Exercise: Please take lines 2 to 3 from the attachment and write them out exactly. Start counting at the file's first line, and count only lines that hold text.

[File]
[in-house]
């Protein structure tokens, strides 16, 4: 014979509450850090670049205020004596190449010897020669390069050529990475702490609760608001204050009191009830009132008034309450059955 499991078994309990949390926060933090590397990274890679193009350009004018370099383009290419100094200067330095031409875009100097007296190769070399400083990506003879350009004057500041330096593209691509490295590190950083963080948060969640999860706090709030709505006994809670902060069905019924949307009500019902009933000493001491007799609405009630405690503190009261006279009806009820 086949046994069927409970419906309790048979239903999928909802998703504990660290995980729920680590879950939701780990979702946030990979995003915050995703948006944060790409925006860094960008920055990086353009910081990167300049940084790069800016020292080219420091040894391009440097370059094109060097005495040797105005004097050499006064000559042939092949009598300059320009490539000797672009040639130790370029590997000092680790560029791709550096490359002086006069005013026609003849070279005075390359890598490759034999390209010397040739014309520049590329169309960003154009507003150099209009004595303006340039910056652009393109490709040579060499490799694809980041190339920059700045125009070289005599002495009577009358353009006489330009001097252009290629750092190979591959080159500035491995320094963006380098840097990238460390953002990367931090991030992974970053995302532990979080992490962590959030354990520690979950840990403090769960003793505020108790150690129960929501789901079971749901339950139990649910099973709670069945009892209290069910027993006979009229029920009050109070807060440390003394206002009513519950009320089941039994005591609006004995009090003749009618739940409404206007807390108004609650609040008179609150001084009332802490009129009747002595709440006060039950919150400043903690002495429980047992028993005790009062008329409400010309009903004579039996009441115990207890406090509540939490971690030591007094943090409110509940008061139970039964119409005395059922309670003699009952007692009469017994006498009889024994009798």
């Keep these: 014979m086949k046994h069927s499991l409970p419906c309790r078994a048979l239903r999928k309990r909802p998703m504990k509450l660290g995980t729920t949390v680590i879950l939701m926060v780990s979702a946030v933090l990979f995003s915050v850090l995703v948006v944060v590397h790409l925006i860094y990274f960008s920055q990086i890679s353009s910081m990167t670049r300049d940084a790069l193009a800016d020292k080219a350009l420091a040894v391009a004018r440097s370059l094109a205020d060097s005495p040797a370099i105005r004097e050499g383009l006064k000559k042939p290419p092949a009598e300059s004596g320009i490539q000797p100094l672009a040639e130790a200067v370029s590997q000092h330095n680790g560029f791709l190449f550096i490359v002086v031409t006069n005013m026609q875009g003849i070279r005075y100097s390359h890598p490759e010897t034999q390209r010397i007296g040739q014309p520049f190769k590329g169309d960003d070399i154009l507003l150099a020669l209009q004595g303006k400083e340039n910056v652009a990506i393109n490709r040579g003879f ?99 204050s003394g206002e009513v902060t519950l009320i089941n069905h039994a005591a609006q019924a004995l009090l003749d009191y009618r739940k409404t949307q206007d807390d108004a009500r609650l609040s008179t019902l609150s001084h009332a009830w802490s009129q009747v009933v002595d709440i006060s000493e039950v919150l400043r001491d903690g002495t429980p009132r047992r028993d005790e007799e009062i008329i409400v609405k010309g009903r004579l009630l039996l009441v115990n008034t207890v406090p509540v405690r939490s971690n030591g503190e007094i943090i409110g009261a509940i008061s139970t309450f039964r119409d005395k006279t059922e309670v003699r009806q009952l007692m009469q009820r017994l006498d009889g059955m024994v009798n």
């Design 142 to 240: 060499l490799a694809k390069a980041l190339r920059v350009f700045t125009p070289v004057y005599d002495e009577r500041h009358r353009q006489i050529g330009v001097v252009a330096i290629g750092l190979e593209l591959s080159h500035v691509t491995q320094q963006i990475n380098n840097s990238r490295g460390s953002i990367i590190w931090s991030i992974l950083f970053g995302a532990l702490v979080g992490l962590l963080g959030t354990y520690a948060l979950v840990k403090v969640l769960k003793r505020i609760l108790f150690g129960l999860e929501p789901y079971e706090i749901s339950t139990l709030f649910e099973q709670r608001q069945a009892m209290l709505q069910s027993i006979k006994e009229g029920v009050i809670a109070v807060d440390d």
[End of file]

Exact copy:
């Protein structure tokens, strides 16, 4: 014979509450850090670049205020004596190449010897020669390069050529990475702490609760608001204050009191009830009132008034309450059955 499991078994309990949390926060933090590397990274890679193009350009004018370099383009290419100094200067330095031409875009100097007296190769070399400083990506003879350009004057500041330096593209691509490295590190950083963080948060969640999860706090709030709505006994809670902060069905019924949307009500019902009933000493001491007799609405009630405690503190009261006279009806009820 086949046994069927409970419906309790048979239903999928909802998703504990660290995980729920680590879950939701780990979702946030990979995003915050995703948006944060790409925006860094960008920055990086353009910081990167300049940084790069800016020292080219420091040894391009440097370059094109060097005495040797105005004097050499006064000559042939092949009598300059320009490539000797672009040639130790370029590997000092680790560029791709550096490359002086006069005013026609003849070279005075390359890598490759034999390209010397040739014309520049590329169309960003154009507003150099209009004595303006340039910056652009393109490709040579060499490799694809980041190339920059700045125009070289005599002495009577009358353009006489330009001097252009290629750092190979591959080159500035491995320094963006380098840097990238460390953002990367931090991030992974970053995302532990979080992490962590959030354990520690979950840990403090769960003793505020108790150690129960929501789901079971749901339950139990649910099973709670069945009892209290069910027993006979009229029920009050109070807060440390003394206002009513519950009320089941039994005591609006004995009090003749009618739940409404206007807390108004609650609040008179609150001084009332802490009129009747002595709440006060039950919150400043903690002495429980047992028993005790009062008329409400010309009903004579039996009441115990207890406090509540939490971690030591007094943090409110509940008061139970039964119409005395059922309670003699009952007692009469017994006498009889024994009798």
């Keep these: 014979m086949k046994h069927s499991l409970p419906c309790r078994a048979l239903r999928k309990r909802p998703m504990k509450l660290g995980t729920t949390v680590i879950l939701m926060v780990s979702a946030v933090l990979f995003s915050v850090l995703v948006v944060v590397h790409l925006i860094y990274f960008s920055q990086i890679s353009s910081m990167t670049r300049d940084a790069l193009a800016d020292k080219a350009l420091a040894v391009a004018r440097s370059l094109a205020d060097s005495p040797a370099i105005r004097e050499g383009l006064k000559k042939p290419p092949a009598e300059s004596g320009i490539q000797p100094l672009a040639e130790a200067v370029s590997q000092h330095n680790g560029f791709l190449f550096i490359v002086v031409t006069n005013m026609q875009g003849i070279r005075y100097s390359h890598p490759e010897t034999q390209r010397i007296g040739q014309p520049f190769k590329g169309d960003d070399i154009l507003l150099a020669l209009q004595g303006k400083e340039n910056v652009a990506i393109n490709r040579g003879f ?99 204050s003394g206002e009513v902060t519950l009320i089941n069905h039994a005591a609006q019924a004995l009090l003749d009191y009618r739940k409404t949307q206007d807390d108004a009500r609650l609040s008179t019902l609150s001084h009332a009830w802490s009129q009747v009933v002595d709440i006060s000493e039950v919150l400043r001491d903690g002495t429980p009132r047992r028993d005790e007799e009062i008329i409400v609405k010309g009903r004579l009630l039996l009441v115990n008034t207890v406090p509540v405690r939490s971690n030591g503190e007094i943090i409110g009261a509940i008061s139970t309450f039964r119409d005395k006279t059922e309670v003699r009806q009952l007692m009469q009820r017994l006498d009889g059955m024994v009798n």